When Jewell Crane was thirteen, his father, Dillard, was badly burned when a car he was working on misfired and set a gasoline can ablaze. Dillard barely survived. As the only son, Crane had to leave school to run the farm with the help of his uncles. The child learned to keep cattle and chickens, cut and haul hay and silage, and grow corn from the same soil his great-grandfather had tilled. When farming didn’t quite support the family, Crane was willing to do just about anything to make up the difference. His uncle offered the boy $2 a week to help him at his still, and that’s where the young Crane learned the family trade of moonshining. As Crane got older, he took on other jobs to supplement farming, like driving a cement mixer and a sawdust truck to work sites across the state. But throughout his life he took to the woods, where he built stills and cooked liquor.
Crane whiskey was not corn mash, like most white ’shine—his family grew corn solely for livestock feed. Instead he used other grains, like wheat and rye, to distill a clear and powerful spirit. He was also known to use apples and peaches for brandy. And while he would gladly siphon off a jar or two for a friend, Crane preferred selling large quantities to vendors throughout the region. This volume earned Crane a wide reputation and a handful of arrests for violation of liquor and tax laws. On one occasion he allegedly assaulted a federal officer. Twice he served time in federal prison—five months back in the 1950s and three months in the mid-1970s for bootlegging. But Crane was proud of his moonshining roots, and his contempt for the laws against it did not abate with age. His most recent run-in was in July 2000 with the Lumpkin County Sheriff’s Office. The charges of manufacture and possession of non-tax-paid distilled spirits were dismissed on insufficient evidence. Crane was sixty-seven years old.
But as the Crane family got smaller and others bought, farmed, and built in Mill Creek, Jewell Crane was among the first to welcome them. Whether driving between pastures or perched in the black metal lawn chair beneath the spreading magnolia tree in his front yard, he always had a smile and a wave and time to stop for a story. He took local kids out for tractor rides and delivered handpicked produce to their parents. And in 1978, when Lewis Dempsey cleared a spot atop his newly bought Mill Creek hill to build a brick house for his family, Crane was there to welcome him with a basket of corn.
Lewis Dempsey had spent his life distancing himself from people. He was a sickly baby, kept at the hospital for six months as an infant and, his parents later discovered, born deaf in his left ear. At the time, it didn’t much matter. He grew up in the quiet of rural Bolton, a few miles west of Downtown Atlanta. Dempsey’s father grew corn on 100 acres up and down Peachtree Creek near its junction with the Chattahoochee, not far from the railroad. There Dempsey worked the fields before and after school.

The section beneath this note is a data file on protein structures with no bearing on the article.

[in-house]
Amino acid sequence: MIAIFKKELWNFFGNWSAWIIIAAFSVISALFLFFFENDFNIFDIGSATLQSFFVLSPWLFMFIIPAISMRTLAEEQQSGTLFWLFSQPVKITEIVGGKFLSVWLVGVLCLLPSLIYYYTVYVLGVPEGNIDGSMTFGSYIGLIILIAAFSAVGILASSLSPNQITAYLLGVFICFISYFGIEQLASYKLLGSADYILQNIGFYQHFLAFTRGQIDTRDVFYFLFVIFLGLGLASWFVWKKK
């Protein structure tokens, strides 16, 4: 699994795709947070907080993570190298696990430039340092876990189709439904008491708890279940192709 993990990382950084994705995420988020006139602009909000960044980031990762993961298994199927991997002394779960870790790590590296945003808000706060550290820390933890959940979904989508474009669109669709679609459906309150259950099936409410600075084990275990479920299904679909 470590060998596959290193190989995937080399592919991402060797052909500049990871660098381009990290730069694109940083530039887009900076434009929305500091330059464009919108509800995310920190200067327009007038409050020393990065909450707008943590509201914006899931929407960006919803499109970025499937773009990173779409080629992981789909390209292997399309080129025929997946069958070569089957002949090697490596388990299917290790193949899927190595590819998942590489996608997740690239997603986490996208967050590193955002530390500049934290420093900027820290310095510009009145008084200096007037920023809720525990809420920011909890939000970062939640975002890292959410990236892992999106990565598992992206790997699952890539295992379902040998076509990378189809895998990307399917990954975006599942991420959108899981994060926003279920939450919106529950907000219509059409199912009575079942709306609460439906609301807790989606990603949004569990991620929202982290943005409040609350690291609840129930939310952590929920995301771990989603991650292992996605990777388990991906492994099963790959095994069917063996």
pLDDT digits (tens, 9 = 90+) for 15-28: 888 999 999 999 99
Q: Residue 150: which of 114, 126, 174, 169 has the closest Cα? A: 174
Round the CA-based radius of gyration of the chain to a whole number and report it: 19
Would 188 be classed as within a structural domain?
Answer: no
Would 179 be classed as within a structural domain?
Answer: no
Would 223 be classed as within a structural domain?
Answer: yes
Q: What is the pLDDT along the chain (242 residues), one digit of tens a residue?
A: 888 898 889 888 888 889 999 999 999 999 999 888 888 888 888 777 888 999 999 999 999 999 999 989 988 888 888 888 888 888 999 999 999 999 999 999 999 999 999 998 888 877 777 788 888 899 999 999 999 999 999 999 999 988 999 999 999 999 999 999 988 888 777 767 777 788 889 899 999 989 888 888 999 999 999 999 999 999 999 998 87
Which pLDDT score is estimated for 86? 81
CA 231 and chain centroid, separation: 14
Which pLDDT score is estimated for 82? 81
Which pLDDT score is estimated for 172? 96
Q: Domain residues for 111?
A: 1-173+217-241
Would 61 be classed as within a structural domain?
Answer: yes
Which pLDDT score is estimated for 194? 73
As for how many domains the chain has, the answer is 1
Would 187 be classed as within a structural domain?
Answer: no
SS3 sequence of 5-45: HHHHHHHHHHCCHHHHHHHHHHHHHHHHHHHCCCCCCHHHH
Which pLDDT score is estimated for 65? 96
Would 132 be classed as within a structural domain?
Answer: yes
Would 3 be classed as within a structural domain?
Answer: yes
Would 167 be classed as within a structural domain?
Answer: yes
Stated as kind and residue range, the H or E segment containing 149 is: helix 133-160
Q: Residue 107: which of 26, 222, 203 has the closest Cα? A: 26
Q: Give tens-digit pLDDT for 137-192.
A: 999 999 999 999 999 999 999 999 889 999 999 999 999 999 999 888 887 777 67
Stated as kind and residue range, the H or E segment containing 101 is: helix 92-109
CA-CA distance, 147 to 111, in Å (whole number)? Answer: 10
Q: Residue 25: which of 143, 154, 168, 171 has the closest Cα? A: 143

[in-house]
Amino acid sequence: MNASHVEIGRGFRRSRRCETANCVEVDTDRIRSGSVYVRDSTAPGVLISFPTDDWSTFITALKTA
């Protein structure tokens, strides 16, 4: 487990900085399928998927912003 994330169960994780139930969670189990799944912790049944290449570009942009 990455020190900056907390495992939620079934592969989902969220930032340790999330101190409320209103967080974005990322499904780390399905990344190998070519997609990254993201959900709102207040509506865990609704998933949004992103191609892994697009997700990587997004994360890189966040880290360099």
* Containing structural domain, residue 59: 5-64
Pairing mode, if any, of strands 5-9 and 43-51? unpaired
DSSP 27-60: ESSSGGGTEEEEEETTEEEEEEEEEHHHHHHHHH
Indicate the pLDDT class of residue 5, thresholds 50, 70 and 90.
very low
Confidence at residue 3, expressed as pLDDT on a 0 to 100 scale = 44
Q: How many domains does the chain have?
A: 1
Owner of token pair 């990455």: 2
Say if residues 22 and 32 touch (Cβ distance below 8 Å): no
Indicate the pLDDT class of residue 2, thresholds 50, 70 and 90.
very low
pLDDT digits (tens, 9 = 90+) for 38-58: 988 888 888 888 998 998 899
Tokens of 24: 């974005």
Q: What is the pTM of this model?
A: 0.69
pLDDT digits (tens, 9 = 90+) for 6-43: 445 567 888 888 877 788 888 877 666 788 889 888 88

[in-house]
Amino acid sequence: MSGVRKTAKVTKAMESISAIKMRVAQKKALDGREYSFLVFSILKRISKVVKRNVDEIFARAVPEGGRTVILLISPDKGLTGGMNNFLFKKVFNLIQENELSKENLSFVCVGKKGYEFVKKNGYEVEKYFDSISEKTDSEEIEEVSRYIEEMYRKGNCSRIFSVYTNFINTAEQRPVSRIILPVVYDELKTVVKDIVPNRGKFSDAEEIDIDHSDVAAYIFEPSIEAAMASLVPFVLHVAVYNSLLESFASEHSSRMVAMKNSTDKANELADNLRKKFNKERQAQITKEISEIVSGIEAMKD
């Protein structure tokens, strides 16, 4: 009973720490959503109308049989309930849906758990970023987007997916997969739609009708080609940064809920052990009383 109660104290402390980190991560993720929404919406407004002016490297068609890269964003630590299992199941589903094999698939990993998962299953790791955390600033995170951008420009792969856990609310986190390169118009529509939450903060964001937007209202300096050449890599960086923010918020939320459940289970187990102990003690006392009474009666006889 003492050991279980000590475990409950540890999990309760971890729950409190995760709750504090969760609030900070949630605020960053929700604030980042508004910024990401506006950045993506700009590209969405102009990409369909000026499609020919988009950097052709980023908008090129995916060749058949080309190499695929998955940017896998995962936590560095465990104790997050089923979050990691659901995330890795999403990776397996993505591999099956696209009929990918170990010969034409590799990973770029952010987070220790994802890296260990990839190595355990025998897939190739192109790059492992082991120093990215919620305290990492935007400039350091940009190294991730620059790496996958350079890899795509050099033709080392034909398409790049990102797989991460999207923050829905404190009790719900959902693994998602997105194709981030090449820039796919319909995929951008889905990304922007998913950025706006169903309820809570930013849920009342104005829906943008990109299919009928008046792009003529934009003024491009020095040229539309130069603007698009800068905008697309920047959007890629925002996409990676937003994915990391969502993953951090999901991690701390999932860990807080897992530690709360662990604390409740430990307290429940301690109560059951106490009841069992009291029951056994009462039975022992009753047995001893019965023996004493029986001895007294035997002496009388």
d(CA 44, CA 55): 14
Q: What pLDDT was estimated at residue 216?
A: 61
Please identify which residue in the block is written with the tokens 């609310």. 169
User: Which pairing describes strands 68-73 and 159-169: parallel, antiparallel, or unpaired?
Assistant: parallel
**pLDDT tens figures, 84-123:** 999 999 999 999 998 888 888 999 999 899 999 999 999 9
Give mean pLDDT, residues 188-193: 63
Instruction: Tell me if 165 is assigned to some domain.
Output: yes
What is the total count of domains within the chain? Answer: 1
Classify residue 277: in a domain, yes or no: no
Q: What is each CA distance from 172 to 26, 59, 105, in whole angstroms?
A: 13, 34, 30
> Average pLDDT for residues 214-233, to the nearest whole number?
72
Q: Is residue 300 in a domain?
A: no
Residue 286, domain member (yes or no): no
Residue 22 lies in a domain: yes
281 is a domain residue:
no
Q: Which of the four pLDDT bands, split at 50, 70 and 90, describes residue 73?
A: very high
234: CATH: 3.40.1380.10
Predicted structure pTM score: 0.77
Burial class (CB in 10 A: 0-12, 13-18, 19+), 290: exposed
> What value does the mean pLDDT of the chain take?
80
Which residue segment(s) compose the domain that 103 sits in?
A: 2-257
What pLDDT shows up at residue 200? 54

But soon the city came crashing in. Dempsey’s father, Lewis John, eventually sold his land, which was carved into subdivisions. Dempsey started his own family; he and his wife, Opal, raised four kids in a house in a quiet Norcross subdivision, where he ran his own plumbing business. He and Opal kept a large subsistence garden and canned vegetables and preserves that packed the cellar shelves. When his father’s second wife passed away, the widower moved into Dempsey’s Norcross house. But by the 1970s, as Dempsey’s children became teenagers, the city sprawl caught up with him again. The cornfields were now crowded with cul-de-sacs, the two-lane roads now six lanes, and the lone gas station surrounded by shopping centers. Dempsey and his father fled to the hills of Lumpkin County.
There Dempsey purchased nearly 100 acres straddling Mill Creek Road—then nothing more than a gravel lane—from a man who had bought it from a cousin of Jewell Crane. The deed included Land Lot 784. About half a mile north of Mill Creek Baptist Church, the lot’s forty-something acres comprised the west half of a rocky, wooded hilltop through which Mill Creek ran south from Dempsey’s land into a valley partially owned by the Cranes.
At first Dempsey and Crane were pleasant and social. So were their wives and children. When the Dempseys roasted a hog in the summer and Opal made Brunswick stew, all the Cranes were welcomed to partake. When there was a wedding, the other family was invited. When someone fell ill, members of the other family came to visit. Dempsey installed the pipe in Crane’s daughter’s house, and Crane’s daughter drove the younger Dempsey children to high school in Dahlonega. The families traded squash and corn.
The main bridge between the families was the fast friendship of Jewell Crane’s father and Lewis Dempsey’s father. The old men agreed that neighbors should talk and cooperate. Thus, when it came time in the early 1980s to fence off the southern part of Lot 784 to contain Dempsey’s cattle, all four men walked over the area as the posts were planted and the hog wire run.
The first real friction between the two families had nothing to do with land. One day Dempsey spotted his father drinking a jar of whiskey. And since it was white mash in Lumpkin County, Dempsey didn’t have to ask where it had come from. Never much of a drinker himself, and worried that the alcohol would react with medication his father was taking for lung cancer, Dempsey threatened to turn Crane in if it ever happened again. Dempsey recalls that about two weeks later, he heard that Crane had gotten hassled by police for moonshining. Dempsey sought out his neighbor to assure Crane that he had not reported him (a denial Dempsey maintains to this day). But for weeks thereafter, when Dempsey met Crane on the road or drove past his house, the bootlegger refused to wave.